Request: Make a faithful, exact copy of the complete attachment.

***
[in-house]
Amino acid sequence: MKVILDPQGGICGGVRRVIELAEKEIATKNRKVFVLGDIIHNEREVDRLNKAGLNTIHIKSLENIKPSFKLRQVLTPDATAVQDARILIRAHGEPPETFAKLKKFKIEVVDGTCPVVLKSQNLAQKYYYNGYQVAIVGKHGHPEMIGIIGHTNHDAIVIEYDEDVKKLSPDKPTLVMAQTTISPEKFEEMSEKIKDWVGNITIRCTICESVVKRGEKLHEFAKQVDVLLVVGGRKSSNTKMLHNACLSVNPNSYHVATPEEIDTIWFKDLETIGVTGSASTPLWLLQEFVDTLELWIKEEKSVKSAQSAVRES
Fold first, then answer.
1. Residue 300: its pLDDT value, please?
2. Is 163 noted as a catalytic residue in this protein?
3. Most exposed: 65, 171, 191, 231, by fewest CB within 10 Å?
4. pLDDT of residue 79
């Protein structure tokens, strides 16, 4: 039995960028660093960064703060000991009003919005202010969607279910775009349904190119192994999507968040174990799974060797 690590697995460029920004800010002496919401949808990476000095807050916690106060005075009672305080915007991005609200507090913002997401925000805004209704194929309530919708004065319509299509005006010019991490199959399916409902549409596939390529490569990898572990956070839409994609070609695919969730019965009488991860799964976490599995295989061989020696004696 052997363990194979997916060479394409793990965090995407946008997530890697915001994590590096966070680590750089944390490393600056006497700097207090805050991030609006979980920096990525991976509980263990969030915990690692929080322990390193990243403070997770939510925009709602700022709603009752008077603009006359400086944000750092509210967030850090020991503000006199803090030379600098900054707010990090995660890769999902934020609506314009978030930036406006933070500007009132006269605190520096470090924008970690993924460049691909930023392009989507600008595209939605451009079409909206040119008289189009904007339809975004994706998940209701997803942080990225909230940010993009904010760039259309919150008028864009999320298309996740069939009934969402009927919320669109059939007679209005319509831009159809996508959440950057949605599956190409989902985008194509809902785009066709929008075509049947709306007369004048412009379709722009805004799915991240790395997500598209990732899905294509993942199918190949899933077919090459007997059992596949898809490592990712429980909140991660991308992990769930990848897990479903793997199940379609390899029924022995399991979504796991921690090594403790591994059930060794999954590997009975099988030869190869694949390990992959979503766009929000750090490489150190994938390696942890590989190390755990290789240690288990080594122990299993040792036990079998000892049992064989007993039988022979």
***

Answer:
[in-house]
Amino acid sequence: MKVILDPQGGICGGVRRVIELAEKEIATKNRKVFVLGDIIHNEREVDRLNKAGLNTIHIKSLENIKPSFKLRQVLTPDATAVQDARILIRAHGEPPETFAKLKKFKIEVVDGTCPVVLKSQNLAQKYYYNGYQVAIVGKHGHPEMIGIIGHTNHDAIVIEYDEDVKKLSPDKPTLVMAQTTISPEKFEEMSEKIKDWVGNITIRCTICESVVKRGEKLHEFAKQVDVLLVVGGRKSSNTKMLHNACLSVNPNSYHVATPEEIDTIWFKDLETIGVTGSASTPLWLLQEFVDTLELWIKEEKSVKSAQSAVRES
Fold first, then answer.
1. Residue 300: its pLDDT value, please?
2. Is 163 noted as a catalytic residue in this protein?
3. Most exposed: 65, 171, 191, 231, by fewest CB within 10 Å?
4. pLDDT of residue 79
């Protein structure tokens, strides 16, 4: 039995960028660093960064703060000991009003919005202010969607279910775009349904190119192994999507968040174990799974060797 690590697995460029920004800010002496919401949808990476000095807050916690106060005075009672305080915007991005609200507090913002997401925000805004209704194929309530919708004065319509299509005006010019991490199959399916409902549409596939390529490569990898572990956070839409994609070609695919969730019965009488991860799964976490599995295989061989020696004696 052997363990194979997916060479394409793990965090995407946008997530890697915001994590590096966070680590750089944390490393600056006497700097207090805050991030609006979980920096990525991976509980263990969030915990690692929080322990390193990243403070997770939510925009709602700022709603009752008077603009006359400086944000750092509210967030850090020991503000006199803090030379600098900054707010990090995660890769999902934020609506314009978030930036406006933070500007009132006269605190520096470090924008970690993924460049691909930023392009989507600008595209939605451009079409909206040119008289189009904007339809975004994706998940209701997803942080990225909230940010993009904010760039259309919150008028864009999320298309996740069939009934969402009927919320669109059939007679209005319509831009159809996508959440950057949605599956190409989902985008194509809902785009066709929008075509049947709306007369004048412009379709722009805004799915991240790395997500598209990732899905294509993942199918190949899933077919090459007997059992596949898809490592990712429980909140991660991308992990769930990848897990479903793997199940379609390899029924022995399991979504796991921690090594403790591994059930060794999954590997009975099988030869190869694949390990992959979503766009929000750090490489150190994938390696942890590989190390755990290789240690288990080594122990299993040792036990079998000892049992064989007993039988022979």